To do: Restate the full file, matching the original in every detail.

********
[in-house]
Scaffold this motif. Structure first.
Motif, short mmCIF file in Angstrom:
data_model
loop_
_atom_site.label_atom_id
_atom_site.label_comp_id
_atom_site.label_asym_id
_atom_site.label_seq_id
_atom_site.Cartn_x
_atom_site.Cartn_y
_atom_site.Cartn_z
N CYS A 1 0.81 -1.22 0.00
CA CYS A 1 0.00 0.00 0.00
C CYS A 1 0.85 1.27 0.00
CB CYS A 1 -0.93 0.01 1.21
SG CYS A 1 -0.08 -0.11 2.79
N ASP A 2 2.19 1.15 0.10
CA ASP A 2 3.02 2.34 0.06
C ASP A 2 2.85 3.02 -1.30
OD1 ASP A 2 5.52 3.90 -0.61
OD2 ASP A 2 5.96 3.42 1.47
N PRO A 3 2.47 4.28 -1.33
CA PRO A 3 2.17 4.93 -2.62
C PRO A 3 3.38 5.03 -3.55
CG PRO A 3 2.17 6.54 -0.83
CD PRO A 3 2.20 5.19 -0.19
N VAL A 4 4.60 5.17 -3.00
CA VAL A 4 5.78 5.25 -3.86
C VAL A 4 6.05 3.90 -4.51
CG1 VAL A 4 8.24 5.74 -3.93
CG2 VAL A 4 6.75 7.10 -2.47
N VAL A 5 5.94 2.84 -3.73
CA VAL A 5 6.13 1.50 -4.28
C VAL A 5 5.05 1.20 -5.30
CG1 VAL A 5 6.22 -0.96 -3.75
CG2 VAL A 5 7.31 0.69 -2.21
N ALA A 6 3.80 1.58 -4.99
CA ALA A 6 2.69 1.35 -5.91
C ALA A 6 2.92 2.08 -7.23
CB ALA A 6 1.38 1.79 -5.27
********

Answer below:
[in-house]
Scaffold this motif. Structure first.
Motif, short mmCIF file in Angstrom:
data_model
loop_
_atom_site.label_atom_id
_atom_site.label_comp_id
_atom_site.label_asym_id
_atom_site.label_seq_id
_atom_site.Cartn_x
_atom_site.Cartn_y
_atom_site.Cartn_z
N CYS A 1 0.81 -1.22 0.00
CA CYS A 1 0.00 0.00 0.00
C CYS A 1 0.85 1.27 0.00
CB CYS A 1 -0.93 0.01 1.21
SG CYS A 1 -0.08 -0.11 2.79
N ASP A 2 2.19 1.15 0.10
CA ASP A 2 3.02 2.34 0.06
C ASP A 2 2.85 3.02 -1.30
OD1 ASP A 2 5.52 3.90 -0.61
OD2 ASP A 2 5.96 3.42 1.47
N PRO A 3 2.47 4.28 -1.33
CA PRO A 3 2.17 4.93 -2.62
C PRO A 3 3.38 5.03 -3.55
CG PRO A 3 2.17 6.54 -0.83
CD PRO A 3 2.20 5.19 -0.19
N VAL A 4 4.60 5.17 -3.00
CA VAL A 4 5.78 5.25 -3.86
C VAL A 4 6.05 3.90 -4.51
CG1 VAL A 4 8.24 5.74 -3.93
CG2 VAL A 4 6.75 7.10 -2.47
N VAL A 5 5.94 2.84 -3.73
CA VAL A 5 6.13 1.50 -4.28
C VAL A 5 5.05 1.20 -5.30
CG1 VAL A 5 6.22 -0.96 -3.75
CG2 VAL A 5 7.31 0.69 -2.21
N ALA A 6 3.80 1.58 -4.99
CA ALA A 6 2.69 1.35 -5.91
C ALA A 6 2.92 2.08 -7.23
CB ALA A 6 1.38 1.79 -5.27